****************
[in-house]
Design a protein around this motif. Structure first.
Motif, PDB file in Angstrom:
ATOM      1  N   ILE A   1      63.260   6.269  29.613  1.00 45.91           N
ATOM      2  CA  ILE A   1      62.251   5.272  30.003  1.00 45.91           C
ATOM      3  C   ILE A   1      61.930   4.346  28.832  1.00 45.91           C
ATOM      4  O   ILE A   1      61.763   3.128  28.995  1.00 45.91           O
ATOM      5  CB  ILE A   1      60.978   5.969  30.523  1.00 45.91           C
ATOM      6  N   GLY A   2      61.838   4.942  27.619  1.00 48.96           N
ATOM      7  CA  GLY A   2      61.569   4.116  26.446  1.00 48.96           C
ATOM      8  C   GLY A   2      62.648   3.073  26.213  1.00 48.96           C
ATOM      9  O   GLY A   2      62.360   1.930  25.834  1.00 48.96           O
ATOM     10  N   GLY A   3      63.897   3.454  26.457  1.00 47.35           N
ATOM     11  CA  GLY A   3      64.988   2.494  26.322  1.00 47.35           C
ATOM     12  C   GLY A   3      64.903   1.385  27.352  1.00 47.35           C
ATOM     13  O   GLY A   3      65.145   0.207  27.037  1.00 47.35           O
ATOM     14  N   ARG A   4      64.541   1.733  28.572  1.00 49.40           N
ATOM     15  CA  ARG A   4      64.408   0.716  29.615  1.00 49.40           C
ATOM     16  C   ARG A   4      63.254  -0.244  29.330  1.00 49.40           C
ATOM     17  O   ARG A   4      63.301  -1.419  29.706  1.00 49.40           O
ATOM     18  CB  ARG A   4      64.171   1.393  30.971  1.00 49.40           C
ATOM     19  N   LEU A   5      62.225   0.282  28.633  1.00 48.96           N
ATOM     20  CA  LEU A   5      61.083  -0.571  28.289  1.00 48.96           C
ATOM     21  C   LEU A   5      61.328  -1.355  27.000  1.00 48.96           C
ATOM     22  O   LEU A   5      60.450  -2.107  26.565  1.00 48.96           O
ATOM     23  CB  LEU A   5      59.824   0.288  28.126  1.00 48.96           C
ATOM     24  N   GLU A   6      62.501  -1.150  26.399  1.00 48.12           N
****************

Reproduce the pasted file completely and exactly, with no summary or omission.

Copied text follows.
[in-house]
Design a protein around this motif. Structure first.
Motif, PDB file in Angstrom:
ATOM      1  N   ILE A   1      63.260   6.269  29.613  1.00 45.91           N
ATOM      2  CA  ILE A   1      62.251   5.272  30.003  1.00 45.91           C
ATOM      3  C   ILE A   1      61.930   4.346  28.832  1.00 45.91           C
ATOM      4  O   ILE A   1      61.763   3.128  28.995  1.00 45.91           O
ATOM      5  CB  ILE A   1      60.978   5.969  30.523  1.00 45.91           C
ATOM      6  N   GLY A   2      61.838   4.942  27.619  1.00 48.96           N
ATOM      7  CA  GLY A   2      61.569   4.116  26.446  1.00 48.96           C
ATOM      8  C   GLY A   2      62.648   3.073  26.213  1.00 48.96           C
ATOM      9  O   GLY A   2      62.360   1.930  25.834  1.00 48.96           O
ATOM     10  N   GLY A   3      63.897   3.454  26.457  1.00 47.35           N
ATOM     11  CA  GLY A   3      64.988   2.494  26.322  1.00 47.35           C
ATOM     12  C   GLY A   3      64.903   1.385  27.352  1.00 47.35           C
ATOM     13  O   GLY A   3      65.145   0.207  27.037  1.00 47.35           O
ATOM     14  N   ARG A   4      64.541   1.733  28.572  1.00 49.40           N
ATOM     15  CA  ARG A   4      64.408   0.716  29.615  1.00 49.40           C
ATOM     16  C   ARG A   4      63.254  -0.244  29.330  1.00 49.40           C
ATOM     17  O   ARG A   4      63.301  -1.419  29.706  1.00 49.40           O
ATOM     18  CB  ARG A   4      64.171   1.393  30.971  1.00 49.40           C
ATOM     19  N   LEU A   5      62.225   0.282  28.633  1.00 48.96           N
ATOM     20  CA  LEU A   5      61.083  -0.571  28.289  1.00 48.96           C
ATOM     21  C   LEU A   5      61.328  -1.355  27.000  1.00 48.96           C
ATOM     22  O   LEU A   5      60.450  -2.107  26.565  1.00 48.96           O
ATOM     23  CB  LEU A   5      59.824   0.288  28.126  1.00 48.96           C
ATOM     24  N   GLU A   6      62.501  -1.150  26.399  1.00 48.12           N